What do you guys think of Light Table?



  • Light Table

    Frankly, looking at the video and reading the description, I don't really see anything he's doing anything that Visual Studio doesn't already do.



  • @blakeyrat said:

    Light Table

    Frankly, looking at the video and reading the description, I don't really see anything he's doing anything that Visual Studio doesn't already do.

    Everyone want to build the next best ide. Personally I think this person is having time on his hands. If you are single, no kid and lot of time on hands, you should get immersion in this project of LIght Table as quickly as you can. I write code to make money to watch movie. So I don't have time. My priority is to watch every single movie that is released in cinema world. That goal may or may not come to fruition, but I will try. This person's goal is to make Light Table. Hope that also comes to fruition.

    Gangs of Wasseypur - I and II <-- Latest recommended movie by Nagesh. Everyone should enjoy.




  • I can't compare it with recent versions of VS, but it seems like there are a few nice evolutionary advances and some bigger leaps. I suspect we'd all agree that more powerful searching is good in any context. Breaking the unit of editing down to the function level seems like it could be useful, though again, that doesn't seem very revolutionary.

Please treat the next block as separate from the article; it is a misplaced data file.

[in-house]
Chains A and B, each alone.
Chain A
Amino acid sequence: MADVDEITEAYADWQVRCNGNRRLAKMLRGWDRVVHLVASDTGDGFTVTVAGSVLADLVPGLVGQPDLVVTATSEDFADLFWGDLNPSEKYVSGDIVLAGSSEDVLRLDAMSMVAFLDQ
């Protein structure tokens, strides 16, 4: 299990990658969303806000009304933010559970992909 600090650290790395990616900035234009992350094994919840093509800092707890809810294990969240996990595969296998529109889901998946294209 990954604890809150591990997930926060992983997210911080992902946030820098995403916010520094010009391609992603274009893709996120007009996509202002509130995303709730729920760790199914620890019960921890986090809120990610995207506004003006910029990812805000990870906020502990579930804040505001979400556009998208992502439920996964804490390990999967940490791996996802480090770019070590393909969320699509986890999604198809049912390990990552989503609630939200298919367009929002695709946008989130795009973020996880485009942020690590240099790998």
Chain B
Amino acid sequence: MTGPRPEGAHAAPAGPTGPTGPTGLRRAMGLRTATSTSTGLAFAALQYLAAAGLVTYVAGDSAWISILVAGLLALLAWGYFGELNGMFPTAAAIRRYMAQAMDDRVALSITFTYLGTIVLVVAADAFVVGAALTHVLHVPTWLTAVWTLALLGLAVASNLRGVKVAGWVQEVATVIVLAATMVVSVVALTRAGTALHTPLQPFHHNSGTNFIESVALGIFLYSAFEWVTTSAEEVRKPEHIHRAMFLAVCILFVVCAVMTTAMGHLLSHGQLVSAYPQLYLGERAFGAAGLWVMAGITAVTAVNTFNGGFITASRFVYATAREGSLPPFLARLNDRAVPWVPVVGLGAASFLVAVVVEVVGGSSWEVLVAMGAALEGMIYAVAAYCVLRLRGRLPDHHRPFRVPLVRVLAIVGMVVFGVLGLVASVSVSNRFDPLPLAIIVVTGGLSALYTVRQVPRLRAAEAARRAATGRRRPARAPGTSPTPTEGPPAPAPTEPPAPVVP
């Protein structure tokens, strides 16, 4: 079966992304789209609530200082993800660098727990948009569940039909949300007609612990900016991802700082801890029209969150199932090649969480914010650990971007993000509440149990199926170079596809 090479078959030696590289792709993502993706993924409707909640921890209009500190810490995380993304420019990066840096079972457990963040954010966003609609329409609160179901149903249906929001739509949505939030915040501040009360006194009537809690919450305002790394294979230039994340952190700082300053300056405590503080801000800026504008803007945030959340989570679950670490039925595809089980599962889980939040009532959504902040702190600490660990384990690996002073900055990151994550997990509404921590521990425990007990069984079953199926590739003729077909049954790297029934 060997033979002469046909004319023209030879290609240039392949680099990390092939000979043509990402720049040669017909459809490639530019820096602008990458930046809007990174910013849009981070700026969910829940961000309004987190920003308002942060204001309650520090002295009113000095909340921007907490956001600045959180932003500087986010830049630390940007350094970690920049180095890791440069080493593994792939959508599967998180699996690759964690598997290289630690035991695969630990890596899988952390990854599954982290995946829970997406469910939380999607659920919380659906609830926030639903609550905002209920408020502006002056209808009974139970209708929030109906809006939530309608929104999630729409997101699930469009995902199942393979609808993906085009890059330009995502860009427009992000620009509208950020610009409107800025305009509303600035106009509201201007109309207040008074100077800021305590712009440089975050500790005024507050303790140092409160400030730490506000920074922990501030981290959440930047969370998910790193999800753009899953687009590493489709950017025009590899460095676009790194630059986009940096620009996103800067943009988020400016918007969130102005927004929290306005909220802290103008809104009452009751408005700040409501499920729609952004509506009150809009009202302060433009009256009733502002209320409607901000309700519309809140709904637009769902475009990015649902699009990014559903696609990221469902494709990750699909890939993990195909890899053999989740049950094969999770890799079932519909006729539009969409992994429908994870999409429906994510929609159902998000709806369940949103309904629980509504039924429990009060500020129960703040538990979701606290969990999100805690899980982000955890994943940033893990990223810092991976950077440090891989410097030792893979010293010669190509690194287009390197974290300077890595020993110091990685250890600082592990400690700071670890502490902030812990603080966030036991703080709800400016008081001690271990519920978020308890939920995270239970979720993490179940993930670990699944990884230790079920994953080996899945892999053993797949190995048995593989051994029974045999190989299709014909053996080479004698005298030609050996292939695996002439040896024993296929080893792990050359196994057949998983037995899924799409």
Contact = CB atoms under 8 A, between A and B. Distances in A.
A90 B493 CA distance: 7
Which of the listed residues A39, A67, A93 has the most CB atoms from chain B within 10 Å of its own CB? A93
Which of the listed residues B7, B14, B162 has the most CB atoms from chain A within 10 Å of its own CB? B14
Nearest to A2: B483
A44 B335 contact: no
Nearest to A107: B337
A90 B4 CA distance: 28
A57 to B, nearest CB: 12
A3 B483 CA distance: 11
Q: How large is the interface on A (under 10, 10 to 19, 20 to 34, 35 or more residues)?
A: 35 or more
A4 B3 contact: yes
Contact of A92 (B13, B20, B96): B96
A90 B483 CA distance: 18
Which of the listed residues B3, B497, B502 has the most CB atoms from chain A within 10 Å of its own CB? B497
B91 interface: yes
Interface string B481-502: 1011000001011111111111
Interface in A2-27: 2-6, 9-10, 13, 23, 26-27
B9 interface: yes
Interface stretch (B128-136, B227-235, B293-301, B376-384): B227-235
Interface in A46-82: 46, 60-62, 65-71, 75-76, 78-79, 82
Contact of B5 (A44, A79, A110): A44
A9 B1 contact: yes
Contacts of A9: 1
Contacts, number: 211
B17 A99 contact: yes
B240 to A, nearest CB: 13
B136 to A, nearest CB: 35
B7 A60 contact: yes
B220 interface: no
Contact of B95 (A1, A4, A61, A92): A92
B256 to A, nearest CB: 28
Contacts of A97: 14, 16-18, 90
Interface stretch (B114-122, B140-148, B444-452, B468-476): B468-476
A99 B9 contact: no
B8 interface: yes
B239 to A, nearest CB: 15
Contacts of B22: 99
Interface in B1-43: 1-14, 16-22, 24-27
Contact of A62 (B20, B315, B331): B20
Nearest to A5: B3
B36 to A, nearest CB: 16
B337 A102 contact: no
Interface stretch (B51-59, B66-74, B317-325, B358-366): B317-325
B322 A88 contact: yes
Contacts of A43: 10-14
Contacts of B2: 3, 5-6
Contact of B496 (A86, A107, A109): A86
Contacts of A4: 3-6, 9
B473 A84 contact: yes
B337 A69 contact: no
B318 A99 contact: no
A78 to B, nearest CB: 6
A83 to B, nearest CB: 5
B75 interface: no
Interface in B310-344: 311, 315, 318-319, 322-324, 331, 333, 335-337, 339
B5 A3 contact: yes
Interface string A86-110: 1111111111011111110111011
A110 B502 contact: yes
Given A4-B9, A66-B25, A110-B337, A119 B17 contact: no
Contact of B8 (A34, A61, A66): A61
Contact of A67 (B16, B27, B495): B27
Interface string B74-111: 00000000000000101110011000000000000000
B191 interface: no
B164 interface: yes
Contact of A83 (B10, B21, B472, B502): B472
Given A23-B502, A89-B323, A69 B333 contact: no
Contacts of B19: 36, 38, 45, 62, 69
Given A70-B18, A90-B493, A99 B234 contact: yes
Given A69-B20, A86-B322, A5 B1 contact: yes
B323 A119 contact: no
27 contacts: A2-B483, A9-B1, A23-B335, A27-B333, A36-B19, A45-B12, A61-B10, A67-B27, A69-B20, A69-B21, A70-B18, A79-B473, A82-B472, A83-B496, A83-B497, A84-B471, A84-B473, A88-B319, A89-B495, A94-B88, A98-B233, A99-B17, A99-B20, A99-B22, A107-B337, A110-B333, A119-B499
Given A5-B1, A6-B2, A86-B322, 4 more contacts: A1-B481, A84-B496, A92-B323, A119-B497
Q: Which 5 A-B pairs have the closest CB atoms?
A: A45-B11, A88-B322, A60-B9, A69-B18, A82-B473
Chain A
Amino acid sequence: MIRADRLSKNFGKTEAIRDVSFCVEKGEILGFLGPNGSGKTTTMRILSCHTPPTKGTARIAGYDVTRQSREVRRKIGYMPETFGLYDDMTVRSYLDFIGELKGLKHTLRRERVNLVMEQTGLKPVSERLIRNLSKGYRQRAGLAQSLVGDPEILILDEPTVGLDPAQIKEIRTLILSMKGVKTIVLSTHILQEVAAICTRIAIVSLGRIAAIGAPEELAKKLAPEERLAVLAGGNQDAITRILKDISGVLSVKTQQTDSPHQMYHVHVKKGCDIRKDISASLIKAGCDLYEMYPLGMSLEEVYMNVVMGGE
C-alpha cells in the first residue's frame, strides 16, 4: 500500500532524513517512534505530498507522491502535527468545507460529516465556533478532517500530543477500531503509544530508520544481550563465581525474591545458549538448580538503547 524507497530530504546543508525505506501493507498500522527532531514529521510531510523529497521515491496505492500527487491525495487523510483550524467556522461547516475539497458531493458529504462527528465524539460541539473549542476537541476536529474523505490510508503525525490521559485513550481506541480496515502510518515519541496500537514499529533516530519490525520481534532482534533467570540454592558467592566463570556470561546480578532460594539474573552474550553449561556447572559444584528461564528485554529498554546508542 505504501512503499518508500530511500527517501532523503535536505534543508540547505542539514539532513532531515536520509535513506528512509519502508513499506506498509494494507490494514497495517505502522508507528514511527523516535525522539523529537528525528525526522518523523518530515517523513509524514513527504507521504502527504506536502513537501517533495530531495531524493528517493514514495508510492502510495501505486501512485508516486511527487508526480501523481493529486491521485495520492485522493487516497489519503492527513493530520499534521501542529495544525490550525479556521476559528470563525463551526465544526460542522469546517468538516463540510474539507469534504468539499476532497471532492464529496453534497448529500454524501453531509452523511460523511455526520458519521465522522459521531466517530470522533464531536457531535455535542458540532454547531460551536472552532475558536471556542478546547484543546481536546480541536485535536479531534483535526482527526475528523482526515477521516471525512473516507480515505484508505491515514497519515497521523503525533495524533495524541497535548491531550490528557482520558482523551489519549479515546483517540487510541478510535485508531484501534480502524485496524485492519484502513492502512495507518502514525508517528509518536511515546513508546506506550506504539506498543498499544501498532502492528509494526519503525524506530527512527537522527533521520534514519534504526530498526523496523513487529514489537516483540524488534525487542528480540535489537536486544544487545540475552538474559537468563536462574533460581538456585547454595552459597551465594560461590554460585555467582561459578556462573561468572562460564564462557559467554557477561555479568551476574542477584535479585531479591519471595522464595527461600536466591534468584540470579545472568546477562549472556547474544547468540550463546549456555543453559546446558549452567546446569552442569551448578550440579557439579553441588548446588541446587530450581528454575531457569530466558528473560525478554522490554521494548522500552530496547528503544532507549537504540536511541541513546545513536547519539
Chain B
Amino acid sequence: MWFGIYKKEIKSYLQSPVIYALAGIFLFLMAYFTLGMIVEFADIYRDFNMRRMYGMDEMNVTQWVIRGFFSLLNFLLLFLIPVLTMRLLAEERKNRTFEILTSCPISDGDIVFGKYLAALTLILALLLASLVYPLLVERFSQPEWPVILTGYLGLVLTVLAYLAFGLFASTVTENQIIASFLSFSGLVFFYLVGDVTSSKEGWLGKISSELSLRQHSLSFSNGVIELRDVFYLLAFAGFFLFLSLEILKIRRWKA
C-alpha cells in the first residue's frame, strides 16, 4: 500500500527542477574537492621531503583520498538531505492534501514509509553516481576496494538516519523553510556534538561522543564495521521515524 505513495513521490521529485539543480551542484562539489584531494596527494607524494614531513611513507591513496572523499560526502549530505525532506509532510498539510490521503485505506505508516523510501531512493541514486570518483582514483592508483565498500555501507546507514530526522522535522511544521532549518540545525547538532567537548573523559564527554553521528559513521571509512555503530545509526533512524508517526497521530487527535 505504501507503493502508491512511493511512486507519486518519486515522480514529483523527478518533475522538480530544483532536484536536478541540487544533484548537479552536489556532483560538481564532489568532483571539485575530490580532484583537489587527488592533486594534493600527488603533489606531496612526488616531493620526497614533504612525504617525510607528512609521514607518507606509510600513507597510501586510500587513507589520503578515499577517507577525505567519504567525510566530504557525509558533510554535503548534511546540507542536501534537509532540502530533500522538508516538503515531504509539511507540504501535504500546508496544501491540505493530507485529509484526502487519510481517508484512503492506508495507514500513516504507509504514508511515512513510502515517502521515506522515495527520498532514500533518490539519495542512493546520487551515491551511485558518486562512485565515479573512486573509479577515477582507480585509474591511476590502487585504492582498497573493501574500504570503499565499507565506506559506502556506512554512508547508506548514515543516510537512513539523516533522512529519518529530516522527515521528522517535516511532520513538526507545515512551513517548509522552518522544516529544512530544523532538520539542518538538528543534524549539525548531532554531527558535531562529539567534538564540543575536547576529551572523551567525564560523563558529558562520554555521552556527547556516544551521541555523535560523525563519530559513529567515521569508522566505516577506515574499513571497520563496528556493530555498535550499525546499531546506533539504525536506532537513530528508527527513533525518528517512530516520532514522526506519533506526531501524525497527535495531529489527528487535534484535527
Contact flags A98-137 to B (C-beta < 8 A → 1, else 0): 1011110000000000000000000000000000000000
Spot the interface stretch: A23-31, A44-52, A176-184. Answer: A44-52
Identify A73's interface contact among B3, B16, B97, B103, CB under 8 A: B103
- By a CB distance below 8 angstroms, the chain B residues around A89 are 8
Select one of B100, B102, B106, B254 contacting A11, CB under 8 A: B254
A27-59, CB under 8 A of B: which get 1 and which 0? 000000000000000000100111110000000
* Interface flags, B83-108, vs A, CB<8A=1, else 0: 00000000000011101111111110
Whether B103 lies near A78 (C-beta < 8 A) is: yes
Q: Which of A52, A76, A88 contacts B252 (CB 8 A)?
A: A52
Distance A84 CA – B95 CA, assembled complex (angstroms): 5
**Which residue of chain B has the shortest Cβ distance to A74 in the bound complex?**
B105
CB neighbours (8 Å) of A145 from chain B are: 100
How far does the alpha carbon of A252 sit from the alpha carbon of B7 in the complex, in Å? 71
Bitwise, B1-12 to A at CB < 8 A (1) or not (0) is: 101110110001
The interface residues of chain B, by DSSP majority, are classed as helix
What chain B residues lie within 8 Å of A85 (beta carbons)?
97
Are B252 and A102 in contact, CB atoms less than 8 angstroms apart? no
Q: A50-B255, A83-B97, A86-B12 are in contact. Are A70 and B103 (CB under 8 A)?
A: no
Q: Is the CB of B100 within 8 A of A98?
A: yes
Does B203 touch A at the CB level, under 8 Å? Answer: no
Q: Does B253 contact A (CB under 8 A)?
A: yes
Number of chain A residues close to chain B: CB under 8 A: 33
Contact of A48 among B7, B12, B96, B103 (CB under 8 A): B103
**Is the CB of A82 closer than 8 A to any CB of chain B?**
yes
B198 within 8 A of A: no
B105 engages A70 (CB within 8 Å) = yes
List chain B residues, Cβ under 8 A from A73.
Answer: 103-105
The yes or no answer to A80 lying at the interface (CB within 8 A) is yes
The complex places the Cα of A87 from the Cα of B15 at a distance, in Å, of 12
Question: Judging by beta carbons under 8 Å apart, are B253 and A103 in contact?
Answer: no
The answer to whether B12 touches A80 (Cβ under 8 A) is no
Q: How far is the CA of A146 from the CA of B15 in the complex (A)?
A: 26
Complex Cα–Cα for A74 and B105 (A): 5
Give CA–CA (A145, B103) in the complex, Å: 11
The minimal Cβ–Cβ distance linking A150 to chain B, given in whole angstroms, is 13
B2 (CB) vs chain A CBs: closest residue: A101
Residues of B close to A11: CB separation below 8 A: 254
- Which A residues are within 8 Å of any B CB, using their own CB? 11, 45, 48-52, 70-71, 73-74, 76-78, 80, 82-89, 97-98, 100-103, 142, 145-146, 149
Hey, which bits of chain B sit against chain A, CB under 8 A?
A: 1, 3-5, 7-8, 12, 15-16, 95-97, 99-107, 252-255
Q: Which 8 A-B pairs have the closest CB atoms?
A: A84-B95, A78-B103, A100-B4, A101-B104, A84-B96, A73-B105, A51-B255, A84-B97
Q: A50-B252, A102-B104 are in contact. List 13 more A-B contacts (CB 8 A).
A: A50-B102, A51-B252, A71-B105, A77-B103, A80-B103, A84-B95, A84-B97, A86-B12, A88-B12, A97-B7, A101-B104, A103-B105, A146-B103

The "new debugging paradigm" strikes me as a neat thing, but possibly a solution in search of a problem. As long as you're working on relatively simple stuff, I can see it being useful, but I have doubts about how well it scales to larger debugging problems with more functions, more data, recursion, etc. I'm not aware of anything else (and VS certainly didn't do this last time I used it) that debugged like this. Maybe it's not too much different than getting a tooltip with the variable value, at which point, I guess it's not much different, but it seems like the persistence of the displayed values might make a significant difference.

    What I find odd is that the video shows python and lisp, but his web page says that it's going to support Javascript (ok, a good javascript IDE sounds interesting and in demand) and Clojure (WTF?) first. He talks about future plug-ins, and I think the difficulty to add other languages will be key to its ultimate success.